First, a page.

David Heuser

For more information and audio files of my work, go to http://www.davidheuser.com.

David Heuser began composing almost immediately after his first piano lessons at the age of seven, writing short tunes in imitation of the exercises he was studying. He continued to write music throughout his childhood, some for piano, chorus, and wind ensemble, and some for the rock bands he was in. After high school, he attended the Eastman School of Music and then the Indiana University School of Music, where he received his doctorate degree in music composition in 1995. A native of New Jersey, Heuser is the Associate Dean at the Crane School of Music in Potsdam, New York. Prior to this, he resided in San Antonio, Texas for fourteen years teaching at the University of Texas at San Antonio.

Heuser is a storyteller, crafting emotional journeys for listeners, but his stories go beyond words to things only music can speak to. His over 70 compositions range from exuberant orchestral works to intimate chamber pieces. His most characteristic works are rhythmically active, strongly melodic, and often deal with extremes of tempo, dynamics and register. Just as a painter fills space, a composer fills time, and it is Heuser’s goal to lead the listener through the time his music occupies in a way that is compelling and moving.

Heuser's music has been performed by various groups and individuals and on festivals and conferences throughout the United States and abroad. He has received commissions from such ensembles as the San Antonio Symphony, the New York Youth Symphony, the SOLI Chamber Ensemble, and the Texas Music Festival Orchestra. Heuser has won the 2007 Columbia Orchestra American Composer Competition, the 2006 Fauxharmonic Orchestra Composition Contest, two American Music Center CAP grants, a grant from the Artist Foundation of San Antonio, and the 2008 Dallas Wind Symphony Brass Fanfare Competition.

Heuser’s music is published by Non Sequitur Music, and works of his can be found on recordings on the Albany Records (Cauldron), Capstone (Still Life With Fruit), and Equilibrium (Deep Blue Spiral) labels. Heuser is a founding member of the Composers Alliance of San Antoino (CASA), and his work White Towns can be found on that group's first CD "Works by San Antonio Composers Performed by San Antonio Performers"

Press Quotes

"...(a) zany, anarchic, sometimes puerile (but what the heck?) confection...A Brief History of Root Vegetables seems well positioned to become a funnier, bawdier, hipper alternative to Gilbert and Sullivan as a large-cast showcase for the voice divisions of music schools around the country. It might be a little too funny, bawdy and hip for most mainstream opera companies, but that’s their loss." - Mike Greenberg, former senior critic at the San Antonio Express-News, on incidentlight.com reviewing the comic opera A Brief History of Root Vegetables (March 2010)

“...thoughtful, beautiful and wonderfully made. As is often the case with Heuser, the music tells a story that has the epic reach of myth.” – Mike Greenberg, San Antonio Express-News reviewing Catching Updrafts (May 2007)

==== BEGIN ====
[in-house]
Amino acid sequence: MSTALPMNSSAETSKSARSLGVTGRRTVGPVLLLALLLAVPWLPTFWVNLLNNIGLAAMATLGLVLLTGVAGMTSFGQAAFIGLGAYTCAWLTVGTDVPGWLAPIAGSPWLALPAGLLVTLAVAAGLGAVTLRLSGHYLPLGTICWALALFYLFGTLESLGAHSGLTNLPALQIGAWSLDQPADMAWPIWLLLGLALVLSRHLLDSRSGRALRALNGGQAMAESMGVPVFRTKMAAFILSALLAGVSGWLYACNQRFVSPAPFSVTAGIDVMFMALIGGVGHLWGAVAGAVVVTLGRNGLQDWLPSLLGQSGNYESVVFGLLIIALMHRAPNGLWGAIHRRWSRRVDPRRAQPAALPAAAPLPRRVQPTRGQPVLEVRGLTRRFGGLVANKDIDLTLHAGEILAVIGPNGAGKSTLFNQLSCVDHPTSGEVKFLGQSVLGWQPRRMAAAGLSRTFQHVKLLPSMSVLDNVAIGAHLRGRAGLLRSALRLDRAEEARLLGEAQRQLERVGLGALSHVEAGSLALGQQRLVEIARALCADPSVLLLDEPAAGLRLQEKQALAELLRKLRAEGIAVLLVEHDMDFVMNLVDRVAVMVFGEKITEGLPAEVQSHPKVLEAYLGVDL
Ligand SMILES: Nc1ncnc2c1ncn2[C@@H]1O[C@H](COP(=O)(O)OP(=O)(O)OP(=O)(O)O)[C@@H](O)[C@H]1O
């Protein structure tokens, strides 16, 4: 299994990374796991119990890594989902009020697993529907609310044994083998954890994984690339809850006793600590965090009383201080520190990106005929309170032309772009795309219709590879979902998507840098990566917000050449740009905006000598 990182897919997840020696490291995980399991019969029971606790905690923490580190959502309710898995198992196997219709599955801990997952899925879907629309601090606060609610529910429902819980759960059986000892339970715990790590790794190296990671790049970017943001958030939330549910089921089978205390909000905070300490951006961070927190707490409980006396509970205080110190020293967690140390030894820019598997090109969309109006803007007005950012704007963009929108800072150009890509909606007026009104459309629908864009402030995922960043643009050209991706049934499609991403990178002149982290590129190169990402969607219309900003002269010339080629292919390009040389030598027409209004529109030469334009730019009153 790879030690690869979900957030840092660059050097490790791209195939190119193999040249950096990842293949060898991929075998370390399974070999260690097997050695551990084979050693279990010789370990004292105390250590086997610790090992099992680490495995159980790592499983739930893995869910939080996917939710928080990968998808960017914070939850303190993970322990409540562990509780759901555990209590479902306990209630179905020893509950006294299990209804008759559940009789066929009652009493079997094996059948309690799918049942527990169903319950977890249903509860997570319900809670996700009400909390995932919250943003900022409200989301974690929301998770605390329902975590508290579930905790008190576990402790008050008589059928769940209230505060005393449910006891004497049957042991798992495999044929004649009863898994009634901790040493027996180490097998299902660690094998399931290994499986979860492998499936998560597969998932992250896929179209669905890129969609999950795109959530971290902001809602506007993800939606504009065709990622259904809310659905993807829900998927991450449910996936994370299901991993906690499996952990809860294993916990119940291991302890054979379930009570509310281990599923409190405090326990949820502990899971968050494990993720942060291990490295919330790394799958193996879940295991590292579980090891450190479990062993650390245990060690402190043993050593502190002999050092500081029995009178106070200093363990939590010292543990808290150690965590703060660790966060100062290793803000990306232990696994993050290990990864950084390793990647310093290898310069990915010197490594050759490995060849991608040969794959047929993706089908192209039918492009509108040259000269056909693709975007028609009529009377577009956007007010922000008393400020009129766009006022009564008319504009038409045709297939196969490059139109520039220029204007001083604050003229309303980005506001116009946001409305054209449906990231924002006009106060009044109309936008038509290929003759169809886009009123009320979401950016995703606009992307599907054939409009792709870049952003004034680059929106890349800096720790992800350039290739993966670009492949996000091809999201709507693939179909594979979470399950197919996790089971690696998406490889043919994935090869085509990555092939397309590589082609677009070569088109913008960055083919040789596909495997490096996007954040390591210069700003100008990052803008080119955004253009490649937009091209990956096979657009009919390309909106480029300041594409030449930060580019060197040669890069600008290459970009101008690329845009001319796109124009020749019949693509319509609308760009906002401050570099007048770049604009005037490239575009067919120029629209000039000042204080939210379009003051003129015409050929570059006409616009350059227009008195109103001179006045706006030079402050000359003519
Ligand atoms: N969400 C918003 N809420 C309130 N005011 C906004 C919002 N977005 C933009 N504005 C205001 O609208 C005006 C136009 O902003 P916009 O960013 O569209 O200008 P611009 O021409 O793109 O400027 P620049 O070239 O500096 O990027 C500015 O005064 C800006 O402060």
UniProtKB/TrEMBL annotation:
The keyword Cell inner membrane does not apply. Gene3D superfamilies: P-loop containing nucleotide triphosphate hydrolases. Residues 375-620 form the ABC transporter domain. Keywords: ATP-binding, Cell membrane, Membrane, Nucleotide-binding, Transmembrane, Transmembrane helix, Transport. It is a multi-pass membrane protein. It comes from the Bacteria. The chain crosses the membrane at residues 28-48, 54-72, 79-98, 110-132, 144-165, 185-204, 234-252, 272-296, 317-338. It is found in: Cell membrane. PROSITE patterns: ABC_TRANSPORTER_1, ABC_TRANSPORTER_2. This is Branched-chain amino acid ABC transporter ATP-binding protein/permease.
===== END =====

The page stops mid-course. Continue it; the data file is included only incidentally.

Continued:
“...a jazzy, nervous, high-energy piece in which the solo line is beautifully integrated with the electronics. It would make a great ballet score.” – Mike Greenberg, San Antonio Express-News reviewing Deep Blue Spiral (November 2006)

“...A Screaming Comes Across the Sky was a shot-in-the-arm beginning...This was all-American music at its most dynamic and visceral...The music continually engaged mind and body as it careened along.” – Charles Ward, Houston Chronicle (July 2005)

“Though this music is not particularly spare, it is concise in the sense that every gesture seems guided by a consistent purpose.” – Mike Greenberg, San Antonio Express-News reviewing November Sonata (November 2005)

“This work is just the sort of music classical music needs more of.” – Andrew Druckenbrod, Pittsburgh Post-Gazette reviewing Immaculate, Bored, Off-Key and Vain (July 2004)

“The highpoint was composer David Heuser's Immaculate, Bored, Off-key and Vain” – Mark Kanny, Pittsburgh Tribune-Review (July 2004)

“Making the strongest impact was the premiere of David Heuser’s O The White Towns... His setting is fully engaged with the sweep of history and the personal stakes in the poem.” – Mike Greenberg, San Antonio Express-News (November 2004)

“This work of mood swings and unsettling glissandos unveiled poignant moments, as when violinist Ines Voglar and clarinetist Kevin Schempf shared a hauntingly gorgeous melody near the end.” – Andrew Druckenbrod, Pittsburgh Post-Gazette News reviewing Catching Updrafts(July 2003)

“Technical details aside, the piece is just plain compelling. It fully and effectively conveys the dark, violent, monstrous atmosphere of the text.” – Mike Greenberg, San Antonio Express-News reviewing Cúchulainn's Warp-Spasm (October 2002)

“All are exceptionally well-crafted, and all contain a lot more music than the term ‘miniature’ might suggest.” – Mike Greenberg, San Antonio Express-News reviewing Twelve Miniatures for Piano (February 2001)

Four times Heuser’s works have been singled out for special praise on concerts named to end-of-year top-ten list (San Antonio Express-News: 2002, 2004, 2006; Pittsburgh Post-Gazette: 2004)